March 28, 2016|
Preventing Falls Key to Staying Safe Behind the Wheel
New research links history of falling with increased crash risk for older drivers
MADISON, Wisc. (Mar. 28, 2016) - Older drivers with a history of falling are 40 percent more likely to be involved in crashes than their peers, according to a new study released by the AAA Foundation for Traffic Safety. Falls limit an older drivers’ ability to function behind the wheel and can make driving risky for themselves and others on the road. These findings are important since annually a record 12 million older adults will experience a fall.
About The Auto Club Group
“Drivers age 60 and older are involved in more than 400,000 crashes each year, and it’s important that we find ways to keep them and others safe on the road.” said Peter Kissinger, President and CEO of the AAA Foundation for Traffic Safety. “This research is critical because it shows that we can now use an older driver’s fall history to identify if they are at greater risk for a crash.”
The report, Associations Between Falls and Driving Outcomes in Older Adults, is the latest research released in the AAA Foundation for Traffic Safety’s Longitudinal Research on Aging Drivers (LongROAD) project. Researchers from the University of Colorado Anschutz Medical Campus along with the AAA Foundation for Traffic Safety say that falls can increase crash risk in two ways:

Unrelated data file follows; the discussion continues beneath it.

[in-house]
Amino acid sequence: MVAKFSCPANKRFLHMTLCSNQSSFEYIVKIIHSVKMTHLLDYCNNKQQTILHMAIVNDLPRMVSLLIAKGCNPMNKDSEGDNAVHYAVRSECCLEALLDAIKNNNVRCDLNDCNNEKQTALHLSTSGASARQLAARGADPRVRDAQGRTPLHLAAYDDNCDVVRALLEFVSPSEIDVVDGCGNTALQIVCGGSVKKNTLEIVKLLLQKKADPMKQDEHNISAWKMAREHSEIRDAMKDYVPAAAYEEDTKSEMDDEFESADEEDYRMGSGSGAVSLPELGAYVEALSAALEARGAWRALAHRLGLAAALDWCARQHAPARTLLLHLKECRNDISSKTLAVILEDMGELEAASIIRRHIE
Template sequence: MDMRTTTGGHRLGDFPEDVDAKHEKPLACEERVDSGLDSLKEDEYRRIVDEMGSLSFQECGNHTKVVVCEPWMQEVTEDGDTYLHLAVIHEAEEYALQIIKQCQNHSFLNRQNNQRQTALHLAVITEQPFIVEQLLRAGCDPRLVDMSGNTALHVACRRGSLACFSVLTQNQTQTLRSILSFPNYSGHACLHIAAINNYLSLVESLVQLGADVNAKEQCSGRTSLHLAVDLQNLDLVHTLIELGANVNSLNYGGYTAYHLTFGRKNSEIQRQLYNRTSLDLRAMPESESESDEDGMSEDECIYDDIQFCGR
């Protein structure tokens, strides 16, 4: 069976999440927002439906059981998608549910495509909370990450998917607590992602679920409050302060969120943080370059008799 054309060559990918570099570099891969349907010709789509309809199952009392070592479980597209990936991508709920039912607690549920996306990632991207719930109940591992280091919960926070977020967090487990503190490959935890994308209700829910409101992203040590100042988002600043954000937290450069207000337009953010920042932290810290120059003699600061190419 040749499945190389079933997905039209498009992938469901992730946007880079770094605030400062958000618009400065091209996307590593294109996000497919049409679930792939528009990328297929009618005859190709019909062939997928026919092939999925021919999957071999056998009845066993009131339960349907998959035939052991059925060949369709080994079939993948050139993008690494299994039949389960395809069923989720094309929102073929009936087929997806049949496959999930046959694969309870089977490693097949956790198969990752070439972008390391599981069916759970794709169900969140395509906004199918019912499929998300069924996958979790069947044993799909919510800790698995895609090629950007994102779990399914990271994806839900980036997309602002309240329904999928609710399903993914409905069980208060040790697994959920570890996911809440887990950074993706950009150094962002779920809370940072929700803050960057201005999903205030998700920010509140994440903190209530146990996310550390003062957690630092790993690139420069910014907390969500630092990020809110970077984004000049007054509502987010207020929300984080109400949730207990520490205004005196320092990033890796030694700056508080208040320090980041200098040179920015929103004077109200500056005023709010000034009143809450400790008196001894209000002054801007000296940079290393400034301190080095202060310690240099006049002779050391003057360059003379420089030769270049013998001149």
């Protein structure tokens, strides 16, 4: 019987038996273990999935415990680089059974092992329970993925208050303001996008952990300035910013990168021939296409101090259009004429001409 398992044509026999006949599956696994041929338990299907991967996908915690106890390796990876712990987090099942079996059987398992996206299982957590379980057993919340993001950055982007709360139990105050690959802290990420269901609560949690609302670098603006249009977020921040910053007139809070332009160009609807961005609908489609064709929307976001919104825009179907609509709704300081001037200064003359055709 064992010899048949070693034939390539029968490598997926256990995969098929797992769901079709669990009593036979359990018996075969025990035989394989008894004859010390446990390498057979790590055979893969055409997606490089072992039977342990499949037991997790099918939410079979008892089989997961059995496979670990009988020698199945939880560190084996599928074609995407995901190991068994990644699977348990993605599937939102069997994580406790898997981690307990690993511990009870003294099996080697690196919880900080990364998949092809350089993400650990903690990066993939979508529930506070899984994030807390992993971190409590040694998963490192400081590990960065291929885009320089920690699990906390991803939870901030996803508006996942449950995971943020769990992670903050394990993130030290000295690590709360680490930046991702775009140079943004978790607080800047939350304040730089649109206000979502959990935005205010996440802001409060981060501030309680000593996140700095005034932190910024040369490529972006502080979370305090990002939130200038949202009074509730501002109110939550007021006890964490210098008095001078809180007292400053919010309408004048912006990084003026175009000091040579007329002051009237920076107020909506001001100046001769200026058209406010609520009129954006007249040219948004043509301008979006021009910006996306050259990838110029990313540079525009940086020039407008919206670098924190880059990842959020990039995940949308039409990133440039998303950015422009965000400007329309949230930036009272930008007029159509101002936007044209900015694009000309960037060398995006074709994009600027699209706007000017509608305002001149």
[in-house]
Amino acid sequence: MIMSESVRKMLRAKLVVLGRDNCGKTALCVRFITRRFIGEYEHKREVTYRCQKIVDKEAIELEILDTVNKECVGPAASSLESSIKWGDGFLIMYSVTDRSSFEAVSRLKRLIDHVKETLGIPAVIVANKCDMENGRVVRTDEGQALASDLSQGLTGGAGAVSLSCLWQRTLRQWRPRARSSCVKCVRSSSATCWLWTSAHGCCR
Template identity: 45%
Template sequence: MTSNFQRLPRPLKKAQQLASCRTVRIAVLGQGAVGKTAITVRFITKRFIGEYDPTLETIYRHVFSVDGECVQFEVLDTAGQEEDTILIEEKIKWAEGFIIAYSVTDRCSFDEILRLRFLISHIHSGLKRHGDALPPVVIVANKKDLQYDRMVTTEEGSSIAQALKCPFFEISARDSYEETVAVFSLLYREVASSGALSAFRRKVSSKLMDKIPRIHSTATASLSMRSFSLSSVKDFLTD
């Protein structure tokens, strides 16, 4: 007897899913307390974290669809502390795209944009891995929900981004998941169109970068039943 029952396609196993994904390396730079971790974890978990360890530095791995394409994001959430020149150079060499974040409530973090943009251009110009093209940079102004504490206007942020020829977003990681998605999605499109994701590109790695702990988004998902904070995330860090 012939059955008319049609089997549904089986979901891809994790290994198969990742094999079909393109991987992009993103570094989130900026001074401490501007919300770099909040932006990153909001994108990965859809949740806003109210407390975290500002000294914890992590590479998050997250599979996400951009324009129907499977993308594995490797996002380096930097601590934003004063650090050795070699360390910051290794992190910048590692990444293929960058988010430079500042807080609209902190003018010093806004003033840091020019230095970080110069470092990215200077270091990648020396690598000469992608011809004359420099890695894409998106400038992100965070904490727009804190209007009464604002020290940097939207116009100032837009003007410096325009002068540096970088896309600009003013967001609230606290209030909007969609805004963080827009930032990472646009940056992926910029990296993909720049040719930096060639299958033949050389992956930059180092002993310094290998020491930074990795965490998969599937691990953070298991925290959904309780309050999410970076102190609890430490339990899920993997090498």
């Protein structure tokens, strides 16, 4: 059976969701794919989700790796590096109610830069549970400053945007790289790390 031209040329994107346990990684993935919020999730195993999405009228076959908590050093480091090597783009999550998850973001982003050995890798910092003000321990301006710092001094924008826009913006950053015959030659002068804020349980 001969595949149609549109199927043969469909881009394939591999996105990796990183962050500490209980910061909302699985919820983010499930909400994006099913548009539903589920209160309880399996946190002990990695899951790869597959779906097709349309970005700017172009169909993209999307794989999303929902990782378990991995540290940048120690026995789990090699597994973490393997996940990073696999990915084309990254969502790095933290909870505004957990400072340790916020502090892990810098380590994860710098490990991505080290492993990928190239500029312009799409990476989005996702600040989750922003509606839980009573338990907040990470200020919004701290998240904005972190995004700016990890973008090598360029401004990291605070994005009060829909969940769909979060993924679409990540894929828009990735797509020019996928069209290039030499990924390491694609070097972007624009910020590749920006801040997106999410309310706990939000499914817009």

“When it comes to physical health, you either use it or lose it,” said Nick Jarmusz, director of public affairs for AAA Wisconsin. “Falls often scare people into being less active, but decreasing physical activity can weaken muscles and coordination and make someone more likely to be in a crash.”
- Falls can result in a loss of functional ability (i.e. wrist fractures or a broken leg), which can make it difficult for older drivers to steer or brake to avoid a crash.
- Falls can increase an individual’s fear of falling, which can lead to a decrease in physical activity that weakens driving skills.